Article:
Friday, October 26, 2012

Review: (Calgary) Bashir Lazhar

Poster art
Alone, Together
by Joe Vermeulen

Bashir Lazhar, a franco-Canadian play by Evelyne De La Chenelière, is a fantastic exploration about racism, suicide and death, love and loss, and institutional failure. The play opens with a comic introspection where Bashir attempts to work out how best to introduce himself to his new class. As a supply teacher, he has to work out how far the class has progressed. While the opening and much of the show is comic, through his lessons we delve deeper into his experience as a refugee and the strength of children.

Haysam Kadri, in the title role, is simply phenomenal. He clearly emotionally connects with the character and thus the audience. We were moved to tears by his experiences of institutional failure, both of the immigration system and in his school. We yearn with him to express the feelings of his students after being witness to a horrific tragedy and we feel his frustration at the repeated attempts to silence and belittle their collective experiences. While the dialogue is only in English, every time he writes on the chalkboard he writes in clear French, solidifying the illusion that was built that we are watching a show in French, but hearing the words in English. This wonderful homage to the origins of the play in Quebec seemed so natural that it took a moment to realize what had happened.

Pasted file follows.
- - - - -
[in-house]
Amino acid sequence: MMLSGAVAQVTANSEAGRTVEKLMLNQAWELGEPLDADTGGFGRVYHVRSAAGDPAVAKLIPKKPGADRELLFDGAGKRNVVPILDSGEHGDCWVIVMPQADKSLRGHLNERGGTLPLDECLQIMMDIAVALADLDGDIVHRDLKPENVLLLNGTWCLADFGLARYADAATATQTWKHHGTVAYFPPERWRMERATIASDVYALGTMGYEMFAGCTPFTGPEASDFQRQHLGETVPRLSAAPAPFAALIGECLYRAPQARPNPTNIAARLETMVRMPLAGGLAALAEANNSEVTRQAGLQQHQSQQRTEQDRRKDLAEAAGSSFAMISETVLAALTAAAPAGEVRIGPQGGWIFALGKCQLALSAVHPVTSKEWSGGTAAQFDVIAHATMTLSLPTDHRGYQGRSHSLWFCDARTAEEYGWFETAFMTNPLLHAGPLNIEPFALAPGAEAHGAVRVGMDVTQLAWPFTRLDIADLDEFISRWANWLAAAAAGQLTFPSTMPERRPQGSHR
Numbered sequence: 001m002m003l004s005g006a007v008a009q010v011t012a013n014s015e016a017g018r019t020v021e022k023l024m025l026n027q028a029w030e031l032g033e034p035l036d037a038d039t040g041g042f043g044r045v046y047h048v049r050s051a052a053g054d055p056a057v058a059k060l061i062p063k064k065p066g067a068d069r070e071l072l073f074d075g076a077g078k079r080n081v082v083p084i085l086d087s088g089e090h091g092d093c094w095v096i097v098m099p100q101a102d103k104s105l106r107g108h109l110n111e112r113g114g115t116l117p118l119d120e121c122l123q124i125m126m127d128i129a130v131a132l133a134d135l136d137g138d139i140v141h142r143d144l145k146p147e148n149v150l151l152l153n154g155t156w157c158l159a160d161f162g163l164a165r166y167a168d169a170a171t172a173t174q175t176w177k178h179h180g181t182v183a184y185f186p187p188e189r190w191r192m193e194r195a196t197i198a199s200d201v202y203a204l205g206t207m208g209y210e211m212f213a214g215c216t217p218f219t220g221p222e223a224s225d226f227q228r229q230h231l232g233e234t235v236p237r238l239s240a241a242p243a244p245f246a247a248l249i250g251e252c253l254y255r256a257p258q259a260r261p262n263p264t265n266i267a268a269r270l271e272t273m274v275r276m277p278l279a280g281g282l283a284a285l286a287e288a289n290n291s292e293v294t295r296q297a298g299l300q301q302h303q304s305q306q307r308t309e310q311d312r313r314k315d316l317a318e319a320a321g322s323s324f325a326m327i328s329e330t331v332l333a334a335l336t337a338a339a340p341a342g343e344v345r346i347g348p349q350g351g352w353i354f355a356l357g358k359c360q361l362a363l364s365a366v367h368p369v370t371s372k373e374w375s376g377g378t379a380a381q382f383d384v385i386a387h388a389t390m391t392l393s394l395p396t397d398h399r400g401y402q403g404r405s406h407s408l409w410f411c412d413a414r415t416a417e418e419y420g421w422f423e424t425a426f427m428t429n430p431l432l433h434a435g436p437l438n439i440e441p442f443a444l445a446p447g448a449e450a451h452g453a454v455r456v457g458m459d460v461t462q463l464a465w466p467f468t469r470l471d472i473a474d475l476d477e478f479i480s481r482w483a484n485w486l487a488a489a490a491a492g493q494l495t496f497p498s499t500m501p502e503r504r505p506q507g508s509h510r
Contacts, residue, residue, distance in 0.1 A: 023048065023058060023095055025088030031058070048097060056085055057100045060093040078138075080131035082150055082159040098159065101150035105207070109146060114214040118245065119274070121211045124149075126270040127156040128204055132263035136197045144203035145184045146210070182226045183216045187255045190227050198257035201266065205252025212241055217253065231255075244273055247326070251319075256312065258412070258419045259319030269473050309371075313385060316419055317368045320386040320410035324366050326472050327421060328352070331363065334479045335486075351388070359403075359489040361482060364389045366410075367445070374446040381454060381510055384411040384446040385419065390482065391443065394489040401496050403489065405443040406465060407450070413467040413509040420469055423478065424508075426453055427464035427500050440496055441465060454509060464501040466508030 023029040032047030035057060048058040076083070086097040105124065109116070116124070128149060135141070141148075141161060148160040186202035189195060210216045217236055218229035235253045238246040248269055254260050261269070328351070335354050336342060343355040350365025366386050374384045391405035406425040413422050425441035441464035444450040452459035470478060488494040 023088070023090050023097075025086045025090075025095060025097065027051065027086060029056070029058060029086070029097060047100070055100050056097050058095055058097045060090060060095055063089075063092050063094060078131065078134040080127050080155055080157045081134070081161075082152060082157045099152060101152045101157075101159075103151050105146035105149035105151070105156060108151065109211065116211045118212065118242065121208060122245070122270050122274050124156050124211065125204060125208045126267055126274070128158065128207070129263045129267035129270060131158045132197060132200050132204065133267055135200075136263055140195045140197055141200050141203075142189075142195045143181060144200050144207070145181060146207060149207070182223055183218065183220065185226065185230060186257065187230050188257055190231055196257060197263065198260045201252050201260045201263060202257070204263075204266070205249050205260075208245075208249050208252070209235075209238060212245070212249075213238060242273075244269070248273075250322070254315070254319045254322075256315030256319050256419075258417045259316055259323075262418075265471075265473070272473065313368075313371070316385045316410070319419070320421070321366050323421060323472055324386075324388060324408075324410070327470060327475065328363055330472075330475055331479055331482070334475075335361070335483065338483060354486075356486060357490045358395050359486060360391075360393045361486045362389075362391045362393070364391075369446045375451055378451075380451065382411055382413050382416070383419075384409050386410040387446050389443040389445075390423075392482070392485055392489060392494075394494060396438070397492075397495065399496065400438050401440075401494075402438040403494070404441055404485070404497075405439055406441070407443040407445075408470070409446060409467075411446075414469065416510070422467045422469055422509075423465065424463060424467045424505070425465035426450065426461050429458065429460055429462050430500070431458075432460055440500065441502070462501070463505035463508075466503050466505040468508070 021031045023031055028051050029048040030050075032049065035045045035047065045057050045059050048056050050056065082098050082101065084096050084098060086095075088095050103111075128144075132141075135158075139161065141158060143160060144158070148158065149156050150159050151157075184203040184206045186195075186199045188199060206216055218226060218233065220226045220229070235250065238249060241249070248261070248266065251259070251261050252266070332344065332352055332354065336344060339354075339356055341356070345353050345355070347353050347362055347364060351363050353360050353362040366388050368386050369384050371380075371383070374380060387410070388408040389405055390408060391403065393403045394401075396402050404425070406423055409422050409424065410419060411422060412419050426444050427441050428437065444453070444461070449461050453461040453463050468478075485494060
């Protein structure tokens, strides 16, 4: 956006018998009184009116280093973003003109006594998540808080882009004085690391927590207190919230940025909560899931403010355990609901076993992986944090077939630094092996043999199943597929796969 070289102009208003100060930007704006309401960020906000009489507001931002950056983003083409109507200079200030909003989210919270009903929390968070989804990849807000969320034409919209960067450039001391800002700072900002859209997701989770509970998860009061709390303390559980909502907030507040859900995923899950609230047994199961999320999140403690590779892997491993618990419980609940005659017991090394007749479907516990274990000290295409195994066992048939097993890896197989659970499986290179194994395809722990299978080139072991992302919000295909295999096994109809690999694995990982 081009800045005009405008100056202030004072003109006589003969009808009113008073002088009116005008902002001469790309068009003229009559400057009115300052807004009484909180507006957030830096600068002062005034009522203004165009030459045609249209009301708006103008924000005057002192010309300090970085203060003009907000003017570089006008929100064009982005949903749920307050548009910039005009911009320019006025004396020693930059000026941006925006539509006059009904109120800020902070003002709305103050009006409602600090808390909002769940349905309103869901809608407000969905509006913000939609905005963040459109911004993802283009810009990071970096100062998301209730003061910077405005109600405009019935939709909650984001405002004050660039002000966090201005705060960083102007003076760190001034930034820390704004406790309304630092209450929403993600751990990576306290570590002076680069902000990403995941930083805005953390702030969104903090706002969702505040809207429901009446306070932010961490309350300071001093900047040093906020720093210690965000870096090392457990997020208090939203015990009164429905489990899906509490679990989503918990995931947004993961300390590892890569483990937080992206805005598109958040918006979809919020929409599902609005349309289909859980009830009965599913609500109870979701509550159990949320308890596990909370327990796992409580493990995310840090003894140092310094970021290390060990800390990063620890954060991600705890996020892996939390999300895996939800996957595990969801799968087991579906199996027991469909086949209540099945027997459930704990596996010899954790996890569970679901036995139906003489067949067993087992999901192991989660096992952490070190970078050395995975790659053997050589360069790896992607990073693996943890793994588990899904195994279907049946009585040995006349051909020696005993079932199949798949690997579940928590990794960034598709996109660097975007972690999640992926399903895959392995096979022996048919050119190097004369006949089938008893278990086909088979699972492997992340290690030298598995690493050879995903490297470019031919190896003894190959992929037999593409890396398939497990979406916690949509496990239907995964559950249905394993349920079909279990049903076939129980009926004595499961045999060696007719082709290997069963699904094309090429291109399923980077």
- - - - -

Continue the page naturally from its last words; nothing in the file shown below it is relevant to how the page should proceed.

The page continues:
Lara Schmitz in the role of “Girl” played the part of Bashir’s wife, daugher Alice, and a student also named Alice. Mostly a silent role, Schmitz nevertheless excelled in matching Kadri’s emotional intensity. While Kadri writes lessons and phrases on the chalkboard, she drew pictures that became woven into the fable of the play at the end of the show. The pictures resonated just as much as the words of the play, and were beautifully drawn.
Anton de Groot’s production design while simple was extremely effective. The ingenious use of large chalkboard set pieces and having the audience arranged much like a schoolroom drew the audience directly into Bashir’s classroom. Peter Moller’s sound design tied all of the various locations of the play together, and provided Bashir with a way to reconnect to his homeland through his memories.
Simon Mallet’s staging was excellent. Each of the characters and the meaning of the play were exceptionally clear even as they were complex.
Downstage, the producing company, hosts a conversation with the audience and the company after every performance and lets you put notes on the wall outside the theatre to discuss how the play resonated with you. They also provide several online forums for feedback and communication. This willingness to be involved in a dialogue with the audience even long after the performance is simply wonderful and if you can stay after the show it is a valuable experience.
The play resonated with me and moved me nearly to tears. Several teachers in the audience remarked that the comments about education and teaching in the play resonated with them very strongly. This is one play that I want to see again. I simply loved it. 

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